Scandinavian legacy: Ballard's Nordic Heritage Museum traces
roots of many Northwest families
December 27, 1998
Shana McNally; The Associated Press
The Nordic Heritage Museum pays tribute to the early Scandinavian immigrants and their
contributions to life in the Pacific Northwest.
Founded in 1980, it bills itself as the only museum in North America to honor the legacy of
immigrants from the five Nordic countries: Sweden, Denmark, Norway, Finland and Iceland.
Through stories, pictures and artifacts, visitors can travel from Europe across the Atlantic to Ellis
Island, then across the United States from the Midwest to the West Coast. The focus is on the
lifestyles of Scandinavian people and on their livelihoods: fishing, farming and logging.
Located in Ballard, the heart of Puget Sound's Scandinavian community, the museum is housed in
a 1907 red brick school building - former home to the Daniel Webster Elementary School, which
closed in the 1970s.
Sixty-five thousand persons a year take a self-guided tour that averages an hour, though much
longer for some. Visitors have included royalty, other dignitaries and ambassadors of the
"I think visitors of Nordic heritage come to learn, but non-Scandinavians also come to learn and
enjoy, too," said museum curator Lisa Hill-Festa.
There are four permanent displays and two rotating exhibits. The first floor is occupied by the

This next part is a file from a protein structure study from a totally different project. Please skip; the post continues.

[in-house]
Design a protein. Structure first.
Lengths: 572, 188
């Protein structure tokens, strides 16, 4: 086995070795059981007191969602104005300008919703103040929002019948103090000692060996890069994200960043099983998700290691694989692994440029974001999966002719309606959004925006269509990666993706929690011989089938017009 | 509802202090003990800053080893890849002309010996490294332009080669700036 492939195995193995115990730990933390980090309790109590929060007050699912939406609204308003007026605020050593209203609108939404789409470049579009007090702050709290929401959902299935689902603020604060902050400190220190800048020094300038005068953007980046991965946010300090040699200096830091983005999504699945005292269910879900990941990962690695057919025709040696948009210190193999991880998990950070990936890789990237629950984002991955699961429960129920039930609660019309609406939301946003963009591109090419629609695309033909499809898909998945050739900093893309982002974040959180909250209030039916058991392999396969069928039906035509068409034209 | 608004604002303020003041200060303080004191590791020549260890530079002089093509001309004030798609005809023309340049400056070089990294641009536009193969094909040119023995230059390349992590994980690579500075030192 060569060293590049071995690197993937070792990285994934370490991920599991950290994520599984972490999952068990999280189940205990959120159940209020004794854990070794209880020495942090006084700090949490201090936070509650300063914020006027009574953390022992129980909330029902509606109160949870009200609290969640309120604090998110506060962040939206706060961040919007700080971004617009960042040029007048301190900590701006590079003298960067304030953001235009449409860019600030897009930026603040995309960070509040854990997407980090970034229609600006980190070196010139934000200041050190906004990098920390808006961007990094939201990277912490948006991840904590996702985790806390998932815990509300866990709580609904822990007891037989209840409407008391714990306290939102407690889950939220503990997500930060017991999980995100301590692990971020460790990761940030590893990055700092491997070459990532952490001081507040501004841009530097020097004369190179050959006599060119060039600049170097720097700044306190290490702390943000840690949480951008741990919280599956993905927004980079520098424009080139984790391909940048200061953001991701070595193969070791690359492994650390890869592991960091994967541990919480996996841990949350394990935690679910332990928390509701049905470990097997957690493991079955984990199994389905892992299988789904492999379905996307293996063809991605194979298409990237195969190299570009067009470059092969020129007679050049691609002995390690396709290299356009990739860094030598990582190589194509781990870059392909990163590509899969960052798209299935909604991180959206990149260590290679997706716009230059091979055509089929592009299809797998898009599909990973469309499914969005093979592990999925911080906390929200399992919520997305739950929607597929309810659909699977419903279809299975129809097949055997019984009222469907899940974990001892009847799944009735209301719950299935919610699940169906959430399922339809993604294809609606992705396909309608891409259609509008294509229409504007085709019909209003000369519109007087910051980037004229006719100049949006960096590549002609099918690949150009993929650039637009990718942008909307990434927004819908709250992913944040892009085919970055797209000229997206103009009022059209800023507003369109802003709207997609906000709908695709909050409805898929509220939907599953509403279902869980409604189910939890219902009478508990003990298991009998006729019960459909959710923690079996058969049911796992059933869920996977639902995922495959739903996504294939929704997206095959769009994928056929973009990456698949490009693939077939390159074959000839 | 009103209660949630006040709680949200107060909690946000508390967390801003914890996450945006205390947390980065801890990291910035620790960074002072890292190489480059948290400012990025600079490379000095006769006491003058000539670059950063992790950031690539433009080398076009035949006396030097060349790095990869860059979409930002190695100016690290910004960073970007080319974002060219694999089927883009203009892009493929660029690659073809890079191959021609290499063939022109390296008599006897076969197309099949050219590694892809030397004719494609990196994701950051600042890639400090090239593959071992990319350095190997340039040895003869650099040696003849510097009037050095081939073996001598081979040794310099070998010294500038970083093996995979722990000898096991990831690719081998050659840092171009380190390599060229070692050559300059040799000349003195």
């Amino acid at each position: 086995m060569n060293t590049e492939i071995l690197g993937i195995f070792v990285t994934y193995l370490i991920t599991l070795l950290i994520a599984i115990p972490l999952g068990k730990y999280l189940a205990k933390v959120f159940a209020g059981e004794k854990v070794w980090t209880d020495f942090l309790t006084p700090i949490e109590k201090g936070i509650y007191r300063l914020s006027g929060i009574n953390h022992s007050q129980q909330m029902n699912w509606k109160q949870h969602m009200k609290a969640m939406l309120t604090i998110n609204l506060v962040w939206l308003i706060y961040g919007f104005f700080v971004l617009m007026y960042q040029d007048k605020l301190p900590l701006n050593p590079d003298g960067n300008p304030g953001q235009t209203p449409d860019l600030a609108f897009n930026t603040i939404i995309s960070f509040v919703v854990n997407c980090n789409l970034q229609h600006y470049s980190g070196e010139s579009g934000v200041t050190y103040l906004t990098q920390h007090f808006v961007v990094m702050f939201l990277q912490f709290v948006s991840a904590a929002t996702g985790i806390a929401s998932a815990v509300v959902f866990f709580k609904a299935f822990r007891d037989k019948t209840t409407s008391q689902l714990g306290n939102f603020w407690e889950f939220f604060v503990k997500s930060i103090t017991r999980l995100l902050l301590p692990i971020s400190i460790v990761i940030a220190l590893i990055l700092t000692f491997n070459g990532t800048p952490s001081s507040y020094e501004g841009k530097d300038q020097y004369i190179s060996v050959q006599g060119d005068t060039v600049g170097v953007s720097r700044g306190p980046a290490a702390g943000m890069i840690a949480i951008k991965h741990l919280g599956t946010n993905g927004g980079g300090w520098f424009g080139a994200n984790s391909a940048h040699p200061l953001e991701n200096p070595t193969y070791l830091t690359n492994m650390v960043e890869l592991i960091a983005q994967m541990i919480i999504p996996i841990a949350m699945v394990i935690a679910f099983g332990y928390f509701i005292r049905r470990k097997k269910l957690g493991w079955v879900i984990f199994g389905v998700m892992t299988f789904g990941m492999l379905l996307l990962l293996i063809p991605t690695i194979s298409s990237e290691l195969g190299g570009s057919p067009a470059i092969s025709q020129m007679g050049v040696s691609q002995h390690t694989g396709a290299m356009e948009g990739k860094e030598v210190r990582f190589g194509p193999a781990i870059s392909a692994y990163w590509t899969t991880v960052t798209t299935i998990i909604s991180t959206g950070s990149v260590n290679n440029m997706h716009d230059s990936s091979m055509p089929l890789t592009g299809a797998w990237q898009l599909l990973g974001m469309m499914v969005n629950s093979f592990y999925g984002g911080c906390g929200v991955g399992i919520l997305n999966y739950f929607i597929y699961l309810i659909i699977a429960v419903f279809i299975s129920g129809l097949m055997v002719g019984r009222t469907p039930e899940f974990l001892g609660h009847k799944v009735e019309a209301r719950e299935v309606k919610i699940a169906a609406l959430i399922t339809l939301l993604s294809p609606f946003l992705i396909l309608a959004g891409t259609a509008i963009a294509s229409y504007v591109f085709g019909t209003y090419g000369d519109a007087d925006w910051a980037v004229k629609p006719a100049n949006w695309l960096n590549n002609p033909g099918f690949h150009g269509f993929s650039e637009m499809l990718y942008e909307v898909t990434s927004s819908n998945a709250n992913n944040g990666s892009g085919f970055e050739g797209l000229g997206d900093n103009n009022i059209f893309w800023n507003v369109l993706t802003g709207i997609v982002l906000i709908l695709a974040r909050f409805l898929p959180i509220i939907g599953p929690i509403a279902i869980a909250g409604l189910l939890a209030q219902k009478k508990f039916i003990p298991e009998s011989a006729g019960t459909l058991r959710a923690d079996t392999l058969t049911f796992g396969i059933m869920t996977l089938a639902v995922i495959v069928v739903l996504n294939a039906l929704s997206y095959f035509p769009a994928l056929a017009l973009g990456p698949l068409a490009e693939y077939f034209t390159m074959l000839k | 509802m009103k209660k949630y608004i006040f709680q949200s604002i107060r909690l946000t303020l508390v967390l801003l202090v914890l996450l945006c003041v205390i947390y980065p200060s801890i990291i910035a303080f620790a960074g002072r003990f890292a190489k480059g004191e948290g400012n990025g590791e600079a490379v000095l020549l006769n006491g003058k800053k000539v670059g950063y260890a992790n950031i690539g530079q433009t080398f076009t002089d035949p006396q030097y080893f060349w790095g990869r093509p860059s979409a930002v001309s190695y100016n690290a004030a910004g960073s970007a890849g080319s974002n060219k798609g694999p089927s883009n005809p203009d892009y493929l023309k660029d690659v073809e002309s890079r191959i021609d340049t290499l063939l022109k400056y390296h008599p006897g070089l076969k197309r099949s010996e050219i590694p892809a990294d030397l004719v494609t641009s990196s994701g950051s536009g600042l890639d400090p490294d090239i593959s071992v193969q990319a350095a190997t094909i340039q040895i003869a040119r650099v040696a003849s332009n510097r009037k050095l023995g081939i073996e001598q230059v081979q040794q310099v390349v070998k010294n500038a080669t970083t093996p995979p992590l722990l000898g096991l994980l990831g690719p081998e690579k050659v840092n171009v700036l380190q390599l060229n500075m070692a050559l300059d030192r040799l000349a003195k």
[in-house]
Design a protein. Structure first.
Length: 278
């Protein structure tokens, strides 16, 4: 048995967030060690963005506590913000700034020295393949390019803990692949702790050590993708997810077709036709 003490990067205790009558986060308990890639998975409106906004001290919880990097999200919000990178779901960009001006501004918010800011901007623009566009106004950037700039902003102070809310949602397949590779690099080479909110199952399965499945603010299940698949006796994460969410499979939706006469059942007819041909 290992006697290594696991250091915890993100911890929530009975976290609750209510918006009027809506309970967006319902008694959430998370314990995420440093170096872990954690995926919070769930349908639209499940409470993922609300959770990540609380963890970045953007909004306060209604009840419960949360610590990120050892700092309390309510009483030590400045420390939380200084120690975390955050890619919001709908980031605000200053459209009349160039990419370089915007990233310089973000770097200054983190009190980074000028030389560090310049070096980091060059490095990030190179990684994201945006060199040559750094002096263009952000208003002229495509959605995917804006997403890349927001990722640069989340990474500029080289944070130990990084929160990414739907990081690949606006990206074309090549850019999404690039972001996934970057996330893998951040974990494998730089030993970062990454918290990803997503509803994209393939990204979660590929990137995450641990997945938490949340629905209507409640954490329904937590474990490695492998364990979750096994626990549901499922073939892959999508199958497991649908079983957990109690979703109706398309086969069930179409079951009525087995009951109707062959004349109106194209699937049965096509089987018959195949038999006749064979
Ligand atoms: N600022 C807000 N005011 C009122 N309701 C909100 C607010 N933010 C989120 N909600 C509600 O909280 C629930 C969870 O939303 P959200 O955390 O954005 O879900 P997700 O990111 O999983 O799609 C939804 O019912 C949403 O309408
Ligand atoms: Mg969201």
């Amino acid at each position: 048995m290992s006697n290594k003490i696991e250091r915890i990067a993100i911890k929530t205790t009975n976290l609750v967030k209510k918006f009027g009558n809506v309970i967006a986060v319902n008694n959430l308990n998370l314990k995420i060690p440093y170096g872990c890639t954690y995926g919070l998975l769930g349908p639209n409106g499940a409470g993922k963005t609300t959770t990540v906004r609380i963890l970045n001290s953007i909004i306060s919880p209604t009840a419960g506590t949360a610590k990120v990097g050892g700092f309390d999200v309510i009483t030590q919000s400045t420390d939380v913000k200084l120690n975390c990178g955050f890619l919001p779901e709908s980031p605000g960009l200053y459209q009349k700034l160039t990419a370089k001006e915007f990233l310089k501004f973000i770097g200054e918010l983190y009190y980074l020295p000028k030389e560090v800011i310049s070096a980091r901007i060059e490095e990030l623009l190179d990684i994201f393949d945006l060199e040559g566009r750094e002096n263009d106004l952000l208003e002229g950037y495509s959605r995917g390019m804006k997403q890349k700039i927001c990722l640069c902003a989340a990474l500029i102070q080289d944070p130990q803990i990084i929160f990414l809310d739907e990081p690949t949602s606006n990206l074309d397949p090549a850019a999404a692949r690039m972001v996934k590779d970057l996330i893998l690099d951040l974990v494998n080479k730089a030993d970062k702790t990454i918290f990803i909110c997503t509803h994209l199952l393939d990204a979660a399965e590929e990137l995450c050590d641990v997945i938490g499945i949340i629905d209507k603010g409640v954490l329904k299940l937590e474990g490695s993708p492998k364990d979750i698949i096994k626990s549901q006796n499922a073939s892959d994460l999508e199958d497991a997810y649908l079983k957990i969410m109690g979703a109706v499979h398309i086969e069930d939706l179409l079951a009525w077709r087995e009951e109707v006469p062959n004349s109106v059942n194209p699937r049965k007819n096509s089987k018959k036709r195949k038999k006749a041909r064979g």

museum's original exhibit, "Dream of America: The Immigrant Experience 1840-1920."
Given to the museum by the Danish National Museum in Copenhagen, the exhibit describes the
plight of mostly rural Scandinavians from the beginnings of industrial development to immigration
to Ellis Island and then to the Far West.
The donated materials were augmented by the Nordic Heritage Museum to reflect the immigrants'
life in Ballard in the early days. There are re-creations of a post office, schoolroom, church and
other community fixtures.
The second floor is home to two permanent exhibits. "The Promise of the Northwest" focuses on
the fishing and logging industries, while two "Heritage Rooms" display costumes, textiles, tools
and other belongings carried by the settlers from their former homes.
"Nordic Heritage Northwest" on the third floor devotes one room to each of the five Scandinavian
countries. Each ethnic gallery illustrates the differences and bonds linking Scandinavian people in
the Pacific Northwest.
The larger rotating exhibit changes four times a year.
This spring it will house a show on Norse mythology. The smaller gallery changes eight times a
year, mostly exhibiting one-person shows.
With an annual budget of $500,000 a year, the museum functions with five full-time and three
part-time employees, plus the efforts of 200 volunteers who put in 21,000 hours a year.
The museum hosts three annual fund-raisers and receives donations from local Scandinavians and
grants from the Corporate Council for the Arts, Seattle Arts Commission, King County Cultural
Resources and the State of Washington Heritage Grant for funding.
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The Nordic Heritage Museum
Where: 3014 N.W. 67th St., Ballard.